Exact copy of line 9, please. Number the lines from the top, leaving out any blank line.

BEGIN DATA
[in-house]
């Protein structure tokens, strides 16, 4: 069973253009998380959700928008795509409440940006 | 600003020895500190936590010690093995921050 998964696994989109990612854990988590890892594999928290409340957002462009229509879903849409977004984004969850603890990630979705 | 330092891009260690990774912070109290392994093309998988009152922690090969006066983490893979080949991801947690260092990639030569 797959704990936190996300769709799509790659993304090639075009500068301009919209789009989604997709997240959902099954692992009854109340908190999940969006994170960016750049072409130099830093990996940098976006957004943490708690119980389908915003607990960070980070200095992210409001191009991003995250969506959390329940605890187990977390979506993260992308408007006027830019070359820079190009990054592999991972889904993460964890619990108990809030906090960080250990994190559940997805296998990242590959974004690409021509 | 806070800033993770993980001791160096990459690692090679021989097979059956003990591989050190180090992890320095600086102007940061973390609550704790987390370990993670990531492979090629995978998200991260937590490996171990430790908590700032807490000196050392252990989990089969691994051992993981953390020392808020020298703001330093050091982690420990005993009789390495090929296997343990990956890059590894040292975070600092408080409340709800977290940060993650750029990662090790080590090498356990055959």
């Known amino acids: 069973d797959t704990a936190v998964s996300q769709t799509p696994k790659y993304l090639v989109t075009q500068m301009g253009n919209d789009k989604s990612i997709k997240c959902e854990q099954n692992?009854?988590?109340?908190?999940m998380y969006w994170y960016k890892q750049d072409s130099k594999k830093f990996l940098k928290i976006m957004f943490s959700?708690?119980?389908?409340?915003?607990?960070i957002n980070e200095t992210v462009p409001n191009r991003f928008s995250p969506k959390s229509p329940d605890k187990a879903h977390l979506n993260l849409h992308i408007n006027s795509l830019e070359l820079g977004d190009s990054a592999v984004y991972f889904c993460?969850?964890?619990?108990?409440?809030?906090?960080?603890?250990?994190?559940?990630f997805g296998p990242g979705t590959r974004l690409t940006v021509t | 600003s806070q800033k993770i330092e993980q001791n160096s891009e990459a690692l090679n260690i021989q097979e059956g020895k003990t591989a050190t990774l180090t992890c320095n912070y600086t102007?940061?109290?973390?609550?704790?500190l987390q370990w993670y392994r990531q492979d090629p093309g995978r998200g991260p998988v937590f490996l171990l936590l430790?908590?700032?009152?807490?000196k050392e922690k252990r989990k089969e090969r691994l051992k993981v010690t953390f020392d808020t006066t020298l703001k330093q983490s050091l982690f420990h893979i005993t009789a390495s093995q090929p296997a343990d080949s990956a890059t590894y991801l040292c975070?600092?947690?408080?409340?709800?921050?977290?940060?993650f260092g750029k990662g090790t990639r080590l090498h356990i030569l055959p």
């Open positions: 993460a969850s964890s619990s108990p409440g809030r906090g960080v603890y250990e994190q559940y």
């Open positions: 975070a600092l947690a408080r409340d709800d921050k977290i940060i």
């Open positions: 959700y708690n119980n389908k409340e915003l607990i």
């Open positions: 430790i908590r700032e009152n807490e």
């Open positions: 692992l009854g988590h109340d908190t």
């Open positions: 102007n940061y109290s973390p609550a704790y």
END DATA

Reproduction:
């Open positions: 102007n940061y109290s973390p609550a704790y």